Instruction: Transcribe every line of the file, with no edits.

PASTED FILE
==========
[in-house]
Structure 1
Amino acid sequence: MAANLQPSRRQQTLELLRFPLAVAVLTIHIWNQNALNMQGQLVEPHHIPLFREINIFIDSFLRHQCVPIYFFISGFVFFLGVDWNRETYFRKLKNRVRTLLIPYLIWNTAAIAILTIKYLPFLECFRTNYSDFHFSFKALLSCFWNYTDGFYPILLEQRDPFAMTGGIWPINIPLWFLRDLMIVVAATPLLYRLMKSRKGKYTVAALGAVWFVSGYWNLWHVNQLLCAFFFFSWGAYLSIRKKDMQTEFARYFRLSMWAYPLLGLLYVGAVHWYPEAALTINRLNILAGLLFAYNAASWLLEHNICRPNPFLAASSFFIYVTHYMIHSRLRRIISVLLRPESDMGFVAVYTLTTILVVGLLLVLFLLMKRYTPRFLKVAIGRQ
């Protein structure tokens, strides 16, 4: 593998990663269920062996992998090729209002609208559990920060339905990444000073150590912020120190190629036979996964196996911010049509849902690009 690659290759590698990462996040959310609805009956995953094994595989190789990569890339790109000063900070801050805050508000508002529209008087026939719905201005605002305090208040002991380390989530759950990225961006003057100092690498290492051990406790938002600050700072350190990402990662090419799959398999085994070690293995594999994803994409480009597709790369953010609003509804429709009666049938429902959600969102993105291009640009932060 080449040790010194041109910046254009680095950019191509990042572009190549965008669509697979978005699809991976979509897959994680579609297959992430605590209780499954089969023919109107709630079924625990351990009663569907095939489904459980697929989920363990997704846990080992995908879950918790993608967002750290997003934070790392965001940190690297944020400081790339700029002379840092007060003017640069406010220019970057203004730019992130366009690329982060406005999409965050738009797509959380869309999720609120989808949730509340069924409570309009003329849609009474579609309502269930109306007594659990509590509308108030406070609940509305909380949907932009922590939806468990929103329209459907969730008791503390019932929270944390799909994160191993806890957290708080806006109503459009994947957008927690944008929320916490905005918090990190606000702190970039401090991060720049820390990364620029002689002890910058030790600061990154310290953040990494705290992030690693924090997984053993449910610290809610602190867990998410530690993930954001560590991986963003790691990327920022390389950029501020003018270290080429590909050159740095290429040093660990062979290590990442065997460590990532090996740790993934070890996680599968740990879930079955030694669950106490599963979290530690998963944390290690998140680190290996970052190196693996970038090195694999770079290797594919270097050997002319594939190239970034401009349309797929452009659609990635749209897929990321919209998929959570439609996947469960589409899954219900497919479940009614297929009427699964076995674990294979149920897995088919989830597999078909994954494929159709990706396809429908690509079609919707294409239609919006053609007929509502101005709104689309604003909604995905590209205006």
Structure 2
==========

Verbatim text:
[in-house]
Structure 1
Amino acid sequence: MAANLQPSRRQQTLELLRFPLAVAVLTIHIWNQNALNMQGQLVEPHHIPLFREINIFIDSFLRHQCVPIYFFISGFVFFLGVDWNRETYFRKLKNRVRTLLIPYLIWNTAAIAILTIKYLPFLECFRTNYSDFHFSFKALLSCFWNYTDGFYPILLEQRDPFAMTGGIWPINIPLWFLRDLMIVVAATPLLYRLMKSRKGKYTVAALGAVWFVSGYWNLWHVNQLLCAFFFFSWGAYLSIRKKDMQTEFARYFRLSMWAYPLLGLLYVGAVHWYPEAALTINRLNILAGLLFAYNAASWLLEHNICRPNPFLAASSFFIYVTHYMIHSRLRRIISVLLRPESDMGFVAVYTLTTILVVGLLLVLFLLMKRYTPRFLKVAIGRQ
């Protein structure tokens, strides 16, 4: 593998990663269920062996992998090729209002609208559990920060339905990444000073150590912020120190190629036979996964196996911010049509849902690009 690659290759590698990462996040959310609805009956995953094994595989190789990569890339790109000063900070801050805050508000508002529209008087026939719905201005605002305090208040002991380390989530759950990225961006003057100092690498290492051990406790938002600050700072350190990402990662090419799959398999085994070690293995594999994803994409480009597709790369953010609003509804429709009666049938429902959600969102993105291009640009932060 080449040790010194041109910046254009680095950019191509990042572009190549965008669509697979978005699809991976979509897959994680579609297959992430605590209780499954089969023919109107709630079924625990351990009663569907095939489904459980697929989920363990997704846990080992995908879950918790993608967002750290997003934070790392965001940190690297944020400081790339700029002379840092007060003017640069406010220019970057203004730019992130366009690329982060406005999409965050738009797509959380869309999720609120989808949730509340069924409570309009003329849609009474579609309502269930109306007594659990509590509308108030406070609940509305909380949907932009922590939806468990929103329209459907969730008791503390019932929270944390799909994160191993806890957290708080806006109503459009994947957008927690944008929320916490905005918090990190606000702190970039401090991060720049820390990364620029002689002890910058030790600061990154310290953040990494705290992030690693924090997984053993449910610290809610602190867990998410530690993930954001560590991986963003790691990327920022390389950029501020003018270290080429590909050159740095290429040093660990062979290590990442065997460590990532090996740790993934070890996680599968740990879930079955030694669950106490599963979290530690998963944390290690998140680190290996970052190196693996970038090195694999770079290797594919270097050997002319594939190239970034401009349309797929452009659609990635749209897929990321919209998929959570439609996947469960589409899954219900497919479940009614297929009427699964076995674990294979149920897995088919989830597999078909994954494929159709990706396809429908690509079609919707294409239609919006053609007929509502101005709104689309604003909604995905590209205006």
Structure 2